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Web Letter

I don't think question is can Michael Vick make a comeback, but rather "should he be allowed to." Normally I don't think prison is appropriate punishment for any but the most heinous crimes. To me, his was right up there with child abuse, rape and murder. Michael did not spend enough time in prison! I would have been satisfied with no less than five years. I would have liked to see him come out too old to play professionally again.

I question the sincerity of his apologies, and wonder if their purpose is not to return him to fame rather than because he really saw the fallacy of his deeds. I think he should have to complete his community service before he can play again.

Basically for hurting God's innocent creatures and being a really hideous expamle to thousands of inner city children, he got a slap on the wrist. I hate PETA, but I hope they show up at his games wearing lettuce leaves and distracting the team and the crowd.

I don't think the time of forgiveness has arrived yet.

Rhonda Browning

Gonzales, LA

Aug 21 2009 - 11:42pm

Web Letter

Michael Vick should have never been put in prison. Former Vice President Dick Cheney killed birds for sport. Why is one form of animal cruelty illegal, and the other is legal?

dominic renda

Woodside, NY

Aug 20 2009 - 6:56pm

Web Letter

Dave Zirin: Nice shoot, well, really a miss on Sarah Palin. Using her to emphasize how big a jerk you are. Big boys don't need to make comments like that to do their job.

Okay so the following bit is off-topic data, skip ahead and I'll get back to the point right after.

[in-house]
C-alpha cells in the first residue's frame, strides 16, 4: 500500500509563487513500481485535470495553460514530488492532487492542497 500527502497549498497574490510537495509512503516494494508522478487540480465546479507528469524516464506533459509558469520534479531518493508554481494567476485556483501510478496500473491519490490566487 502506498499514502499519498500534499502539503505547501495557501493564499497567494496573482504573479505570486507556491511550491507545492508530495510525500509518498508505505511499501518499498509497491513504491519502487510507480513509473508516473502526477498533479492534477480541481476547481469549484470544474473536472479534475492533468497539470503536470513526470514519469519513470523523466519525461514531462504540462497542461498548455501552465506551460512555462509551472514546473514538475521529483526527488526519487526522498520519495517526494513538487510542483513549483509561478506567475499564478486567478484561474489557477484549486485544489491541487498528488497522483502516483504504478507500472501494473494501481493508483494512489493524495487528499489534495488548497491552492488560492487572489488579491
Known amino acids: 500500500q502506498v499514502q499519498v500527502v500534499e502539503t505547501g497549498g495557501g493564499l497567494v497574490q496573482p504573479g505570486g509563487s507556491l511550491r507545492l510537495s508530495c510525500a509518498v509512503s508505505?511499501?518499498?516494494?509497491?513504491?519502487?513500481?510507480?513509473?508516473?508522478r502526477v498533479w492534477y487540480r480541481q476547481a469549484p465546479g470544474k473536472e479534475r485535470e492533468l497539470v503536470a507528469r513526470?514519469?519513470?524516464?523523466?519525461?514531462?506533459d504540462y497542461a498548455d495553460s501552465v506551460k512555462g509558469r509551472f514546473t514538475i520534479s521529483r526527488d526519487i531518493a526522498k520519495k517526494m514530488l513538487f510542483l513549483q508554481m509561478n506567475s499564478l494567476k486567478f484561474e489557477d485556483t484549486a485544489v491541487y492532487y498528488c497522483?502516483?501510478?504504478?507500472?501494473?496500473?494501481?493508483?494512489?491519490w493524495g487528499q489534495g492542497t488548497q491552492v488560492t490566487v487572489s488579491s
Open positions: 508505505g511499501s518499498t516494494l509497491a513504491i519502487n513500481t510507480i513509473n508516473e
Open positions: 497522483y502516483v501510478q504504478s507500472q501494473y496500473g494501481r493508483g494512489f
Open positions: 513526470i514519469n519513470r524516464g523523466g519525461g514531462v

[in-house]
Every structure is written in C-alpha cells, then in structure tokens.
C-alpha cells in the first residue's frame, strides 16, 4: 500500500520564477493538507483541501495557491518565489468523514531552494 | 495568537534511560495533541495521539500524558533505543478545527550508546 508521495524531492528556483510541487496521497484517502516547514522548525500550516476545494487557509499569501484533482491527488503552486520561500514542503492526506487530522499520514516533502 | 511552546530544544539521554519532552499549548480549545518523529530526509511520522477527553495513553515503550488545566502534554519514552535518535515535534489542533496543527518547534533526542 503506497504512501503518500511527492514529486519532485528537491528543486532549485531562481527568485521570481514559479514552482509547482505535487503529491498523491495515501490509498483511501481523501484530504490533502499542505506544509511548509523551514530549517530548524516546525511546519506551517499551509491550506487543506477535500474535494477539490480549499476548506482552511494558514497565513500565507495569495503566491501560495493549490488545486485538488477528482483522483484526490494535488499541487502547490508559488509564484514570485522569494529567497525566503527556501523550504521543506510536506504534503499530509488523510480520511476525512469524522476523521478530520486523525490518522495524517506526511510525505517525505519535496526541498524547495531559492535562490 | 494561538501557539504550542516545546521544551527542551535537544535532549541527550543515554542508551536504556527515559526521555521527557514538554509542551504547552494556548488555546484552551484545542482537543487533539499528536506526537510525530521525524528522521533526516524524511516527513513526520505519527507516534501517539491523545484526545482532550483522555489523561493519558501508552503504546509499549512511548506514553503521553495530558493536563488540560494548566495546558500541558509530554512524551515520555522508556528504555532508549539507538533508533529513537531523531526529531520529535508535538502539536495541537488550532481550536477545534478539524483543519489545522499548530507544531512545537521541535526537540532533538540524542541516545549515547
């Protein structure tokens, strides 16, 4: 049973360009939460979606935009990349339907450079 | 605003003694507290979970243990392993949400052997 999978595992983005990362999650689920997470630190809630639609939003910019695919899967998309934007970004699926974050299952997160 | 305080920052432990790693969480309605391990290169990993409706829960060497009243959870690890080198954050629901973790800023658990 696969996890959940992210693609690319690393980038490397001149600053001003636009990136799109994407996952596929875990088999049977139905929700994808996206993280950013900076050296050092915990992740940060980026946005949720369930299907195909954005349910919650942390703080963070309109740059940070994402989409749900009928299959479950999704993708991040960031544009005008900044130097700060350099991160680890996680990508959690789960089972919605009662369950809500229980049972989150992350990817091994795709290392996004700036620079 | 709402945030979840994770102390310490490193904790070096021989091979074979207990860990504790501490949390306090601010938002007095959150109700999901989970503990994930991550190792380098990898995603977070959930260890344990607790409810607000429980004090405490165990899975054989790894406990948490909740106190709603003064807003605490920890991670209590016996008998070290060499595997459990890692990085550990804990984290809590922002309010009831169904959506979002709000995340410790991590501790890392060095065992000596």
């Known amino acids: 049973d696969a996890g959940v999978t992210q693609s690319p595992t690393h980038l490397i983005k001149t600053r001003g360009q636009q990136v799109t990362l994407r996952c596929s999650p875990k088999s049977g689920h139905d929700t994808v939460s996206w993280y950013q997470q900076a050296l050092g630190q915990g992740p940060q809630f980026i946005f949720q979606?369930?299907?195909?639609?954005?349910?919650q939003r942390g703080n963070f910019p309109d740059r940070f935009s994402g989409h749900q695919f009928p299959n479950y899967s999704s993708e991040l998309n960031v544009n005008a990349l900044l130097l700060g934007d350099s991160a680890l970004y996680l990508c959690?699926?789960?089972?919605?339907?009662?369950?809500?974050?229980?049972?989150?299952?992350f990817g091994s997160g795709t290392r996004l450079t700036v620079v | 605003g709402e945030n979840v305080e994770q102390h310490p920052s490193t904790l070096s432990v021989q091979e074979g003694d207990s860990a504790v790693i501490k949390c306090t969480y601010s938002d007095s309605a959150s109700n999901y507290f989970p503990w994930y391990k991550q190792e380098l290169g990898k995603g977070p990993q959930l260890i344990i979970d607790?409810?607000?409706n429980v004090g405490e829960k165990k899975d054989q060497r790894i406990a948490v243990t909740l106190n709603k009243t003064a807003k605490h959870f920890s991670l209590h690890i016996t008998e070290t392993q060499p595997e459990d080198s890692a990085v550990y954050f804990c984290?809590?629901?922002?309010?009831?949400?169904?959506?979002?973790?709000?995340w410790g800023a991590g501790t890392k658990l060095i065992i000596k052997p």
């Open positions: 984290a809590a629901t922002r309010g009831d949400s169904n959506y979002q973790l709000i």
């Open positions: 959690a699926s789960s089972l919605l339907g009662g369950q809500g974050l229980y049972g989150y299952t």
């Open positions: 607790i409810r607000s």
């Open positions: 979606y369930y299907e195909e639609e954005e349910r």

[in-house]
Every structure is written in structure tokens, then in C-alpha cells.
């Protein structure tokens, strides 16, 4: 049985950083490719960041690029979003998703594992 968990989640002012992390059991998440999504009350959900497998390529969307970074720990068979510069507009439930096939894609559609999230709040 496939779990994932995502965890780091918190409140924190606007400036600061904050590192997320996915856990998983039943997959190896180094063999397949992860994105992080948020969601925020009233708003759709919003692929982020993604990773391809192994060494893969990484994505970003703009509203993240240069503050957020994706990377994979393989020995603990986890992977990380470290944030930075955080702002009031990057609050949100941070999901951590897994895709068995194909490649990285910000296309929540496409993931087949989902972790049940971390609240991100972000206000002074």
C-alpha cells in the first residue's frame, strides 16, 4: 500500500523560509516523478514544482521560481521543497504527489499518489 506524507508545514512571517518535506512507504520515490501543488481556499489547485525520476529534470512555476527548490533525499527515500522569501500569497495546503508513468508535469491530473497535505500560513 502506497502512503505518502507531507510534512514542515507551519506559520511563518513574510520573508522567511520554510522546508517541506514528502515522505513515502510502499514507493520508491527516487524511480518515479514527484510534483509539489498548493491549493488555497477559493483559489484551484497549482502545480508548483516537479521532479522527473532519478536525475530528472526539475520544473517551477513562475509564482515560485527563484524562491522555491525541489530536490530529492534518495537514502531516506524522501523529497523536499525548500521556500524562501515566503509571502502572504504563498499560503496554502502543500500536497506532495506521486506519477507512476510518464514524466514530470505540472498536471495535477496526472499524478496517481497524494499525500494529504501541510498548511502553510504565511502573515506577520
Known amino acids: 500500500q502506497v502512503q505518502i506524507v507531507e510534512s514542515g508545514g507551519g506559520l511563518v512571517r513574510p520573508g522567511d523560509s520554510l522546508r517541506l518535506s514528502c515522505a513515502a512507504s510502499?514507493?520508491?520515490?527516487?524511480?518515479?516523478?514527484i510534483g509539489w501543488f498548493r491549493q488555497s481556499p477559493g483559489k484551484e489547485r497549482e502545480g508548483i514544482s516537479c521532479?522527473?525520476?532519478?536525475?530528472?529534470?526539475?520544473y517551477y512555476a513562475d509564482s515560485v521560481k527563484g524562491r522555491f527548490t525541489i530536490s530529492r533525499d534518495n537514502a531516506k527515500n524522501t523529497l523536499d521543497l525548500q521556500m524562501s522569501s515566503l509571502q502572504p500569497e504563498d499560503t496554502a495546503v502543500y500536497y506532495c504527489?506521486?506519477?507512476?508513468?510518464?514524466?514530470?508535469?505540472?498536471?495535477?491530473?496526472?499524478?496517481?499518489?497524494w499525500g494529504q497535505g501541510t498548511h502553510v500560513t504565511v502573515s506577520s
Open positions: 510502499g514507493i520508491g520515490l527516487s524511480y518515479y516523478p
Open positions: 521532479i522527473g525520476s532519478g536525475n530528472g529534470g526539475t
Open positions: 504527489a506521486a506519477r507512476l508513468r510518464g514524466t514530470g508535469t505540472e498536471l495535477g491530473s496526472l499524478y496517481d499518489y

Mike Allen

Tucson, AZ

Aug 18 2009 - 6:35pm

Web Letter

At this moment, I am rather grateful that LA doesn't have a professional football team. Greed will not make everything forgivable in this part of Southern California!

You really have to have a mean streak to do what Vick did to those dogs. Because of his ability, you may close ranks around him, but it does not change his character. It doesn't say much for the the character of the team or city that accepts him.

Pervis James Casey

Riverside, CA

Aug 16 2009 - 2:22pm

Web Letter

I very profoundly disagree with the implication that Mr. Vick's felony conviction is fungible with garden-variety embezzlement or drugstore holdups. This man took profit from exciting pleasure in the torment of innocent animals. I thought of him this evening, as I prepared my grill to sear a New York strip steak, whose source had died before I invested in it. I wondered why, in lieu of the hanging of puppies, and their drownings which he used to indulge and supervise, he did not think to delight himself in their immolation in a domed backyard furnace, whose top he could exult in pressing down upon, as he auditioned them for cries and gauged the ardour of their explosions. How reckless he was in his mercies.

I do not believe there is a question of forgiveness, or of paying a debt to society, here. I believe, we await the puppies' forgiveness, and we await our accession to a society of justice.

I regard Philadelphia as Caligulan in this gesture of good will. I do not care for its Schuylkill anymore; I do not care for its Academy; I do not care for its Vetri, its Society Hill, its bell. If we do not take the part of the innocents, what pleasure can be ours?

Carter Nicholas

San Marino, CA

Aug 15 2009 - 7:50pm